Tips for responsible travel in South Africa
- The last word you want to hear when you’re travelling is the word ‘responsible’. While we’re not the type of people to deliberately rain on your parade, we can’t help but feel that a South Africa is both precious and sensitive enough for visitors to take special care.
We’ve put together some tips for responsible travel in South Africa. If you run through the list, you’ll realize that the suggestions aren’t that unreasonable and not meant to reduce your enjoyment of our country in any way. Some suggestions may be obvious, but others may come as a surprise, so please read on and take notice.
Reducing your carbon footprint
- Public transport and the Baz Bus are ways of reducing your carbon footprint since you’re sharing the burden.
- Rent a car that is fuel efficient and offer rides to other travellers.
- When it's easy and convenient, walk or cycle instead of driving to where you want to get to.
Interacting with South Africans
- Be social and get to know the people in South Africa. Learn a few words of the local languages and use them.
- Be respectful of people’s privacy,on a township tour ask permission before you take a photo.
- Souvenirs are cheap in South Africa. Try not to bargain to a too low a price, sellers need to earn a living too.
- The minimum tip for good service is 10%. You can choose not to tip for bad service, but let them know why.
- Understand that we have a different concept of time. Be patient.
- We really do have different thought patterns from you. Try to understand before you judge.
- Buy local , hire local guides and stay in locally owned lodges. The money you spend stays in the community.
- Support local conservation and social projects.
- The dress code in South Africa is relaxed, but in Swaziland women are advised not to show too much leg.
Caring for our environment
- South Africa is a dry country. Use water sparingly.
- South Africa has recently had electricity supply issues. Switch off lights and air-conditioning when you go out.
- Don’t litter. South Africans do enough of that already.
- Remove excess packaging before going into rural areas. Disposing waste can be is difficult.
- Re-use your plastic bags. You have to pay for these anyway.
- Tap water is safe to drink in most parts of South Africa. Keep a bottle and refill it instead of buying water.
- Many backpacker hostels recycle waste. Collect all your waste and dispose of it in their recycling facilities.
- SASSI advises diners what fish is legal to buy or order in a restaurant and what species are threatened or endangered. Send the name of a fish by text message 079 499 8795 and you will get a prompt response telling you what the status of the species are.
Appreciating our wildlife
- Never feed, touch or harass wild animals.
- Do not support activities where animals are trained to do things that have no basis in their natural behaviour.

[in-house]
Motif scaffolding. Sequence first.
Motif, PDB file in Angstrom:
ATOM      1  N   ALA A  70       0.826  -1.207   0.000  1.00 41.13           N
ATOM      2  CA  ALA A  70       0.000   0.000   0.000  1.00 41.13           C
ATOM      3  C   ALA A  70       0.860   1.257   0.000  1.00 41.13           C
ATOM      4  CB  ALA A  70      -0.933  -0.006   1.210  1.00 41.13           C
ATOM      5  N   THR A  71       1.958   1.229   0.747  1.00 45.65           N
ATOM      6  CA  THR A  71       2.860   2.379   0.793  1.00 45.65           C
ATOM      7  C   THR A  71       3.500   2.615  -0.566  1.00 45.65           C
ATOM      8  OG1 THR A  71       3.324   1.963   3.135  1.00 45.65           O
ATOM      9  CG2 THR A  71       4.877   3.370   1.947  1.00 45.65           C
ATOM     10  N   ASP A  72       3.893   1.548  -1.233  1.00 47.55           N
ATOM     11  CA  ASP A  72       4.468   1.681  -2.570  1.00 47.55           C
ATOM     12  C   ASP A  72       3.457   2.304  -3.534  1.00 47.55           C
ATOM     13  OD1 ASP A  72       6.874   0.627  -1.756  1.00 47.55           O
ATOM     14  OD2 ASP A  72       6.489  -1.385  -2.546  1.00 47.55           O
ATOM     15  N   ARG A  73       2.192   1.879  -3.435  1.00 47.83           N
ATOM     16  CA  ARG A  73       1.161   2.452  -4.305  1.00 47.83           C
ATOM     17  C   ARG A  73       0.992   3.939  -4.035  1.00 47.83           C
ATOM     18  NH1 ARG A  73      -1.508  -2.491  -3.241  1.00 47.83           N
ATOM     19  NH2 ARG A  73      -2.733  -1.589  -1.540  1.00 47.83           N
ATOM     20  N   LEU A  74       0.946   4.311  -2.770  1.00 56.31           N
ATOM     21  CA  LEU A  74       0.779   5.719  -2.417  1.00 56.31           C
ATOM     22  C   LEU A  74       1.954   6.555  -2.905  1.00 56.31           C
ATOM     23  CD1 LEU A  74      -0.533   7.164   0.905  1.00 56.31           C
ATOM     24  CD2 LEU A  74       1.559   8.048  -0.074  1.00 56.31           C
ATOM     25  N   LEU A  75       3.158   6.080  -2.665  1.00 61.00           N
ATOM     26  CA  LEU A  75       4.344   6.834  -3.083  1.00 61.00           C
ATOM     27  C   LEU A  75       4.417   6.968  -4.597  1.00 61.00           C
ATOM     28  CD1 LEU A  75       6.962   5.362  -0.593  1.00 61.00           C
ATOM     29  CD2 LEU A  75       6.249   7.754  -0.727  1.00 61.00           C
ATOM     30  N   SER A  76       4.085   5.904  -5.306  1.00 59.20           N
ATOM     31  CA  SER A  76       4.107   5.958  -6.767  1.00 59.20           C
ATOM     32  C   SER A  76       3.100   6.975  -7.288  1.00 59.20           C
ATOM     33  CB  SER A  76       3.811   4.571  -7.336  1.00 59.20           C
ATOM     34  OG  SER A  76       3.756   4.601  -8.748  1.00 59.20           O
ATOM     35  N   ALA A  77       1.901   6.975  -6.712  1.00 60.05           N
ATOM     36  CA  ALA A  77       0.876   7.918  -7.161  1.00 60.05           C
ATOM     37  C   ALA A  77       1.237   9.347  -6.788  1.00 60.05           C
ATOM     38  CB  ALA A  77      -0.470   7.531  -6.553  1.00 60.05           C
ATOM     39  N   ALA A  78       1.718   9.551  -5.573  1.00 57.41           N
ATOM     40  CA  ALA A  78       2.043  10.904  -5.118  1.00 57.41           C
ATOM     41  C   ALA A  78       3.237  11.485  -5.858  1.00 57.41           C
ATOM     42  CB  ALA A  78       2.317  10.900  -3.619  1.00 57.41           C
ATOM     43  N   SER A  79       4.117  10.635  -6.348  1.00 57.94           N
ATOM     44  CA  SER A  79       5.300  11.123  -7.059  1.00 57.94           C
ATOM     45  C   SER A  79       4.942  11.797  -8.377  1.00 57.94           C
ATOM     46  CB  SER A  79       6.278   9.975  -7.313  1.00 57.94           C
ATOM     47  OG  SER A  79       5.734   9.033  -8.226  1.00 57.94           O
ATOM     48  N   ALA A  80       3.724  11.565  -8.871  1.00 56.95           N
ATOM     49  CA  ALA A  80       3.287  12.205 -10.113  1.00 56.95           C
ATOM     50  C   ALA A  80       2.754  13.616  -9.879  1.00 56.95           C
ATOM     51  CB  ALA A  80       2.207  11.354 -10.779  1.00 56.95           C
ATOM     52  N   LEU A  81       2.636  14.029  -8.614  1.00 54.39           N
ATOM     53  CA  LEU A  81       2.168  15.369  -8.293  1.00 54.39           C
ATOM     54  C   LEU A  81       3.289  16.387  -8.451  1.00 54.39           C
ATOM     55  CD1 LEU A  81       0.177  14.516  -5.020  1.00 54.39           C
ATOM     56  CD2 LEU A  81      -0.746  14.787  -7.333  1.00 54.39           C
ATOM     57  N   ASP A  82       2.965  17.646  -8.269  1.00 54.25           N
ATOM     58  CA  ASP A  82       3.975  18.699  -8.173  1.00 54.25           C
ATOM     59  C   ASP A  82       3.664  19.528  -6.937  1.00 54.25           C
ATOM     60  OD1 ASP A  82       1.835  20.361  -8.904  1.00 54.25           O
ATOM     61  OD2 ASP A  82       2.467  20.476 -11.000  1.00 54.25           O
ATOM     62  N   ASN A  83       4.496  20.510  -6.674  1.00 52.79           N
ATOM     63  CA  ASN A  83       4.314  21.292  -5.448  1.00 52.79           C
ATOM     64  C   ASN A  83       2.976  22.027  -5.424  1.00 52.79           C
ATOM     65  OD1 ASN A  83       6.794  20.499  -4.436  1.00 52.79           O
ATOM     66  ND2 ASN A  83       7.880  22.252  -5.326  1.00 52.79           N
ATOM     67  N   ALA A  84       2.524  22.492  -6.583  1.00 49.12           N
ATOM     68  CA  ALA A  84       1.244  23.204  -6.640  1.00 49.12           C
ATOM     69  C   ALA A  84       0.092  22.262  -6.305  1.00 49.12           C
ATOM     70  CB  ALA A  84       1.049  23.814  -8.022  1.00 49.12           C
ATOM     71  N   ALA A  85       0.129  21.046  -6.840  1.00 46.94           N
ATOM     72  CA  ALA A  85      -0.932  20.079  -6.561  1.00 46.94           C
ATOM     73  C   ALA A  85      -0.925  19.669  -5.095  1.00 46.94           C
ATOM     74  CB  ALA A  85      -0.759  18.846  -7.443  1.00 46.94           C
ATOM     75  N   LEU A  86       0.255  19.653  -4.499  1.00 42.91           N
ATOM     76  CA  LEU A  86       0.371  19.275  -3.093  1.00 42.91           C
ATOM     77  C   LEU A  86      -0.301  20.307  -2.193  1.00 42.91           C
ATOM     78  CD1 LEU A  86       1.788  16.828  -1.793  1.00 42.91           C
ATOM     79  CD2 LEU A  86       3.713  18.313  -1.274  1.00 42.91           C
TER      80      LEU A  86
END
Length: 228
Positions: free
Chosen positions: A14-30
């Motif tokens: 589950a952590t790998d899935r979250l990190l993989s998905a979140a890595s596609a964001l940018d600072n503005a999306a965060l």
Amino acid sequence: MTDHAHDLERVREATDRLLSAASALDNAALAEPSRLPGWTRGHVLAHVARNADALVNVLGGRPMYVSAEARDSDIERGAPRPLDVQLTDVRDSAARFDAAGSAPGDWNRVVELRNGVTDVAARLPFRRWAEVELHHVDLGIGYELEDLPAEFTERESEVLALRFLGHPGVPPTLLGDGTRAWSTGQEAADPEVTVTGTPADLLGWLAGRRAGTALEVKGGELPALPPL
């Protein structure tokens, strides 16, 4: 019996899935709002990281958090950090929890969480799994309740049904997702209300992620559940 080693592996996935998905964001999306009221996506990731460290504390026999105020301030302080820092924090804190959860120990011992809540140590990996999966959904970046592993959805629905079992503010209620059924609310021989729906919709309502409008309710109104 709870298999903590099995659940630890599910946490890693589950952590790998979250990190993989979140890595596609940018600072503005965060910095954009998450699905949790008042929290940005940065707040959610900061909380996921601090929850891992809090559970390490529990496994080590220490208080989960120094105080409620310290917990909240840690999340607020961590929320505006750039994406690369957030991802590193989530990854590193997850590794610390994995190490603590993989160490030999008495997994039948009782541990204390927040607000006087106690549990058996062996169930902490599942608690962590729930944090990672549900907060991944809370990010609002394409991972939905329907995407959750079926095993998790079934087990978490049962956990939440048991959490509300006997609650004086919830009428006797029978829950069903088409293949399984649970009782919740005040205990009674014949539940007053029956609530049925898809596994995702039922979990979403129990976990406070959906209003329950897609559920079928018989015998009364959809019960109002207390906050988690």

- Do not interact with dangerous wild animals they may look cute, but they’re still unpredictable.
- If you insist on touching a lion cub, first ask where the cub came from where its mother is? and what will happen to the cub when it gets too big and threatening? A responsible operator is not in any way linked to the canned hunting industry.
- It is illegal for foreigners to buy ivory in South Africa.
- Think twice about buying products made with porcupine quills– we don’t have information on how threatened these plants and animals are, only because the powers that be can’t be bothered to find out. But, it doesn’t take a genius to see that a porcupine quill lampshade will need hundreds of quills. Porcupines do shed their quills, but this happens only occasionally. The International Fund for Animal Welfare is concerned that porcupines are being killed for their quills and that the way they’re killed may not be humane. When there’s so much doubt, we say “don’t buy”.
- Think twice about buying products made with rare trees.
- Don’t encourage guides to move so close to wildlife that your presence disturbs it. If an animal is feeling threatened or alarmed by your presence, leave it alone. This applies to both game viewing and boat-based whale and dolphin watching.
- Stay on trails and don’t drive into protected and prohibited areas.
Try to understand
- Cultivate the habit of asking questions, rather than the Western habit of knowing the answers
Making good choices
- The sure-fire to ensure that you’re making a good choice is by choosing tourism busineses for some form of independent accreditation. There are several eco-certifications that you can use as a guide. We recommend Fair Trade in Tourism South Africa, the first certification of its kind, and one that was designed specifically for South Africa’s needs. FTTSA certification guarantees that FTTSA-certified products are committed to operating in a socially and environmentally responsible manner. Visit these pages to find out more about FTTSA-certified tourism products.
- Calabash Community Care Programme
- Calabash Schools Support Programme